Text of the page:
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NewsChemical analysis confirmed the site of death of the XIX Roman legion

Chemical analysis confirmed the site of death of the XIX Roman legion

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Roman legion – German scientists conducted a chemical analysis of artifacts found at the site of the probable death of Roman troops during the battle in the Teutoburg Forest in the ninth year of our era. Research has confirmed that the Germans destroyed the XIX Legion in the settlement of Kalkrise, the first archaeological evidence of which was discovered in 1987. This is reported on the website of the Bergbau-Museum in Bochum.

In September of the ninth year of our era, three Roman legions (XVII, XVIII and XIX), three cavalry units and six cohorts of infantry led by Publius Quintilius Varus, accompanied by slaves, servants, artisans and women, moved through Germany from summer to winter you camp During this march, Varus and his troops were persuaded to turn off the wide paved road into the Teutoburg Forest, where they were attacked by Germanic tribes led by the Cherucian leader Arminius.

As a result of this unexpected attack, all three legions, together with the commander, died, and the battle itself led to a long struggle between the Empire and the Germans, who eventually managed to defend their independence. According to historians, about 15-20 thousand Roman soldiers, officers and civilians died in the Teutoburg Forest.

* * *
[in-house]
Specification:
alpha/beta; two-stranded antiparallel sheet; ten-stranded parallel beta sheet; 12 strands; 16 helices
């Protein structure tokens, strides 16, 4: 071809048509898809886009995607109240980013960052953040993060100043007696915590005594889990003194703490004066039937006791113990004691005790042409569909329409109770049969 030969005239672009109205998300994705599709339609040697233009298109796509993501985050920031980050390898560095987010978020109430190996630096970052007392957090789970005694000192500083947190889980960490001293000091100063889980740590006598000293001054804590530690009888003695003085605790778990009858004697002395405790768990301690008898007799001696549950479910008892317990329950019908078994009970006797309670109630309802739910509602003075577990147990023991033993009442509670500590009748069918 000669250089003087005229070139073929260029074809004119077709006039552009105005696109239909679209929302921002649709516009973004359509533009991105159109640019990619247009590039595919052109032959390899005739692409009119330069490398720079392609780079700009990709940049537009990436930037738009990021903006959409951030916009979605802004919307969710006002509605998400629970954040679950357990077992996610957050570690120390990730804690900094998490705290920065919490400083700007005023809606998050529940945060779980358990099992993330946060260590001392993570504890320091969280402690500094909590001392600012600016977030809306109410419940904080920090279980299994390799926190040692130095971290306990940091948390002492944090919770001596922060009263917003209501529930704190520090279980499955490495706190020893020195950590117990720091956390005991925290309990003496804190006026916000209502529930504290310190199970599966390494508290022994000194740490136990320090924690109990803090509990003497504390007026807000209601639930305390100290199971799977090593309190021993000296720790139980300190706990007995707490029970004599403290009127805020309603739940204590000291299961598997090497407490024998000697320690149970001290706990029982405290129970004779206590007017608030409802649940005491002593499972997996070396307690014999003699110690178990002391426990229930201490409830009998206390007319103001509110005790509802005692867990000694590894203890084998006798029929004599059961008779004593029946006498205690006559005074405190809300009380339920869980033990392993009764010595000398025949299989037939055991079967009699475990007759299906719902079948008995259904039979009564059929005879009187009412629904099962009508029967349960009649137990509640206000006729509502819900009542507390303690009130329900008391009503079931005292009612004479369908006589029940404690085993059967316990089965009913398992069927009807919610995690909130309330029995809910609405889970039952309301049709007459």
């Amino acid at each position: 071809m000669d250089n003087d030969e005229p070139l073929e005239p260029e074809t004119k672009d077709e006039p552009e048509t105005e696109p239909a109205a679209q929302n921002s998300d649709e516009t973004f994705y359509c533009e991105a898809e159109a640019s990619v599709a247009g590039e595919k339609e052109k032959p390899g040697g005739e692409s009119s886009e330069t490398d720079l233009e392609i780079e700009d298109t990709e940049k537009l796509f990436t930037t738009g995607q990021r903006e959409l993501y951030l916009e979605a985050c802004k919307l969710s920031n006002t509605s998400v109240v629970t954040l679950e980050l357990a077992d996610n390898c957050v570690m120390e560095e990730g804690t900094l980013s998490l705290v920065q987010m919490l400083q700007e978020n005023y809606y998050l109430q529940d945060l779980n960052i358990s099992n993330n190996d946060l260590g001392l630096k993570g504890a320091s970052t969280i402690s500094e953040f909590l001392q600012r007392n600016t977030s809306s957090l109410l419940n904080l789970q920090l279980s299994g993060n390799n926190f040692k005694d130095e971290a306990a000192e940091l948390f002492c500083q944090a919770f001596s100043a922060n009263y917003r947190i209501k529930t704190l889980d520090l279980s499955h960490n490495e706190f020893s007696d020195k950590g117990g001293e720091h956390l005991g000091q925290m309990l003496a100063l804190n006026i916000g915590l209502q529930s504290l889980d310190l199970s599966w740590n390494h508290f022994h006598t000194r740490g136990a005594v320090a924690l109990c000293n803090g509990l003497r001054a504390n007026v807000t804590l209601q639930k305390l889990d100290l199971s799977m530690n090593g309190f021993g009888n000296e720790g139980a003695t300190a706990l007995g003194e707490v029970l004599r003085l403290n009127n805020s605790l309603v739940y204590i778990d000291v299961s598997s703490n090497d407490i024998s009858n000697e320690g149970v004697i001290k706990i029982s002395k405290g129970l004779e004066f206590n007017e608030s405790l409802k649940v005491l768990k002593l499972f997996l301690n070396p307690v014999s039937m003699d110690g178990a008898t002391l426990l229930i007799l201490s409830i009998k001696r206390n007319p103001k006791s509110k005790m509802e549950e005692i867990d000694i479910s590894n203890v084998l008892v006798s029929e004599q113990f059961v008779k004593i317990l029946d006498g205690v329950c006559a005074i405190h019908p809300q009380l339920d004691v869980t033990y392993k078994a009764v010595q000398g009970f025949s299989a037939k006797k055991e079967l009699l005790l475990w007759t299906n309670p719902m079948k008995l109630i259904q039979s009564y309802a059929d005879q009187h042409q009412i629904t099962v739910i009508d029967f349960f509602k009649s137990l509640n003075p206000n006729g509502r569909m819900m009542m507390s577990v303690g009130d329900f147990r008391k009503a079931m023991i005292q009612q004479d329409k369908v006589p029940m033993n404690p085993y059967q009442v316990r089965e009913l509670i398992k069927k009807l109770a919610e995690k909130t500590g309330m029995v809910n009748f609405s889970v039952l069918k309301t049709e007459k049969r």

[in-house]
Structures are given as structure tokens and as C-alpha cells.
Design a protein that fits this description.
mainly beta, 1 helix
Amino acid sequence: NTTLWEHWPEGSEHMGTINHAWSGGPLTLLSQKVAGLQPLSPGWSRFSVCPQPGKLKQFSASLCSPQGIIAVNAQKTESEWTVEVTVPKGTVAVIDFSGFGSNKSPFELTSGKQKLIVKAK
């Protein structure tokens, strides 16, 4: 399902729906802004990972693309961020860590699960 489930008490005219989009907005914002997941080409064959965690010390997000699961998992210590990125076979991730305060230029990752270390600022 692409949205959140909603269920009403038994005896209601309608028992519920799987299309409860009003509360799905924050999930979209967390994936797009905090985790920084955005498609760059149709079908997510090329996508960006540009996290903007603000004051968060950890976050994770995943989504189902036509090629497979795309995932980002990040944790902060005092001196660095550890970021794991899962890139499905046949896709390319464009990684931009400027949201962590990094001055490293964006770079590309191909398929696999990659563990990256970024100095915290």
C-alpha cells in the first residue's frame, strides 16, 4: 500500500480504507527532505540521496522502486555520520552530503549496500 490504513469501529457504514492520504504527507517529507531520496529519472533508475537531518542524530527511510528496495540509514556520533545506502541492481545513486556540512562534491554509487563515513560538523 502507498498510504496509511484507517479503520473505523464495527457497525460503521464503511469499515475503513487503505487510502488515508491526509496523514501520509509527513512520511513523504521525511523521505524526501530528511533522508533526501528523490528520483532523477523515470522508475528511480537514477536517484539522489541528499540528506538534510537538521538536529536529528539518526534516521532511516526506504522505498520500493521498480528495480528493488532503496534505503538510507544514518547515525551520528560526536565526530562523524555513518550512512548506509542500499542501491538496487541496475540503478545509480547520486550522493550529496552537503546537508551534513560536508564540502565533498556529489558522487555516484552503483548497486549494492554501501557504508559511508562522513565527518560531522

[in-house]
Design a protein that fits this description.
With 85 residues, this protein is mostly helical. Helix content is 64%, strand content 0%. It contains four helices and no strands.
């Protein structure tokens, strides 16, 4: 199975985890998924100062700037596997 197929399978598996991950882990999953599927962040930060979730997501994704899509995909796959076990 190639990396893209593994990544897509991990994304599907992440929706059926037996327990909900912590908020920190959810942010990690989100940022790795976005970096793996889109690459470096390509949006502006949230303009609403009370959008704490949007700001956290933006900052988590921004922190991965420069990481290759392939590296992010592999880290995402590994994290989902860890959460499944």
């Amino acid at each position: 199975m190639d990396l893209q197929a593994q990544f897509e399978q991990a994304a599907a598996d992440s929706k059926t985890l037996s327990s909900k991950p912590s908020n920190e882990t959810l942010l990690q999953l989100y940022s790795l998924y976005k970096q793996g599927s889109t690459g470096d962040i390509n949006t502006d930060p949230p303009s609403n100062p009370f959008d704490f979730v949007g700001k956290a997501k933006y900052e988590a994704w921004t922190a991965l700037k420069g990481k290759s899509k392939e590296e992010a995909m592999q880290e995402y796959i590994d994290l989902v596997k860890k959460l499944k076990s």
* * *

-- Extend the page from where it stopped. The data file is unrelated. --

One of the most controversial moments of this battle is where it took place. Until the 1980s, scholars only had data from written sources, from which it was problematic to establish this. At that time, about 750 different hypotheses had been collected. But in 1987, an English amateur archaeologist found material evidence of the battle between the Romans and the Germans not far from the city of Osnabrück (Lower Saxony), in the settlement of Kalkrise, after which professional scientists took up the work.

Although many were initially skeptical of the scientific discovery, today Calcrise is considered by most researchers to be the site of the death of Varus and his legions. At the same time, there are enough critics of this version of the development of events.

Scientists from three German organizations have joined together in a scientific project to study Roman artefacts found in Kalkrise, where, according to the prevailing hypothesis, the Battle of the Teutoburg Forest took place. With the help of chemical analysis, the researchers decided to establish to which of the Roman subdivisions the discovered items belonged. Each legion had forges where weapons, equipment and personal items were given for repair.

During this work, the products received side micro impurities, the analysis of which makes it possible to distinguish one workshop from another. In total, over two years of research, the scientists examined about 550 bronze and brass objects. They elucidated the distinctive features characteristic of the belongings of different legions by analyzing artifacts whose association with specific legions is known from written sources.

As a result of the study, the scientists came to the conclusion that the artifacts associated with the XIX legion differ significantly from the belongings of other Roman units that were located in Germany. In addition, the finds from Dangstetten, where this part was located before the battle, and the artifacts from Kalkrise turned out to be identical in impurities. At the same time, the artifacts from the camps of the legions that did not die in the battle differ significantly in their composition. Scholars have concluded that this serves as additional evidence in favor of the demise of the XIX Legion at Kalkryse. This casts doubt on the argument of critics of the hypothesis that numerous Roman objects found in this territory may be related to the campaign of the general Germanicus in AD 15.

Photo: German soldiers attack (Otto Albert Koch / Public Domain)

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